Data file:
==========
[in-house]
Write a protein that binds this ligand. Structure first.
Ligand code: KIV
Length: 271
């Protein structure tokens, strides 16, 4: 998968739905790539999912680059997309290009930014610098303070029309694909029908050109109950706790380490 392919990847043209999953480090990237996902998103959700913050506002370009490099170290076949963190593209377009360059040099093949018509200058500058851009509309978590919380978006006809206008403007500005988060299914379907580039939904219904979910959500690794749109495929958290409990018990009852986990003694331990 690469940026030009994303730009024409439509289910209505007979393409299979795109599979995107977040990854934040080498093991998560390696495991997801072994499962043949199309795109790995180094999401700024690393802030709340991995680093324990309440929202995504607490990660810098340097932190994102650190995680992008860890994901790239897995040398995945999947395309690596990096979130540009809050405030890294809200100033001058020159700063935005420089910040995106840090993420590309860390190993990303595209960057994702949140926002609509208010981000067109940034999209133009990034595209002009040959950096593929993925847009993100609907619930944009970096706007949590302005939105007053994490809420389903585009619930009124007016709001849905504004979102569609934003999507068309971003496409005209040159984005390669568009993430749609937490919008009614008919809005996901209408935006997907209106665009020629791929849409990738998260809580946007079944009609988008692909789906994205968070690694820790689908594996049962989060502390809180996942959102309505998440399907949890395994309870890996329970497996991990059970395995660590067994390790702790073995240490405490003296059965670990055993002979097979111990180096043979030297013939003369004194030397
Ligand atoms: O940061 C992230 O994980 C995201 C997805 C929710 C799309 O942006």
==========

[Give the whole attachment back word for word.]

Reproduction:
[in-house]
Write a protein that binds this ligand. Structure first.
Ligand code: KIV
Length: 271
């Protein structure tokens, strides 16, 4: 998968739905790539999912680059997309290009930014610098303070029309694909029908050109109950706790380490 392919990847043209999953480090990237996902998103959700913050506002370009490099170290076949963190593209377009360059040099093949018509200058500058851009509309978590919380978006006809206008403007500005988060299914379907580039939904219904979910959500690794749109495929958290409990018990009852986990003694331990 690469940026030009994303730009024409439509289910209505007979393409299979795109599979995107977040990854934040080498093991998560390696495991997801072994499962043949199309795109790995180094999401700024690393802030709340991995680093324990309440929202995504607490990660810098340097932190994102650190995680992008860890994901790239897995040398995945999947395309690596990096979130540009809050405030890294809200100033001058020159700063935005420089910040995106840090993420590309860390190993990303595209960057994702949140926002609509208010981000067109940034999209133009990034595209002009040959950096593929993925847009993100609907619930944009970096706007949590302005939105007053994490809420389903585009619930009124007016709001849905504004979102569609934003999507068309971003496409005209040159984005390669568009993430749609937490919008009614008919809005996901209408935006997907209106665009020629791929849409990738998260809580946007079944009609988008692909789906994205968070690694820790689908594996049962989060502390809180996942959102309505998440399907949890395994309870890996329970497996991990059970395995660590067994390790702790073995240490405490003296059965670990055993002979097979111990180096043979030297013939003369004194030397
Ligand atoms: O940061 C992230 O994980 C995201 C997805 C929710 C799309 O942006």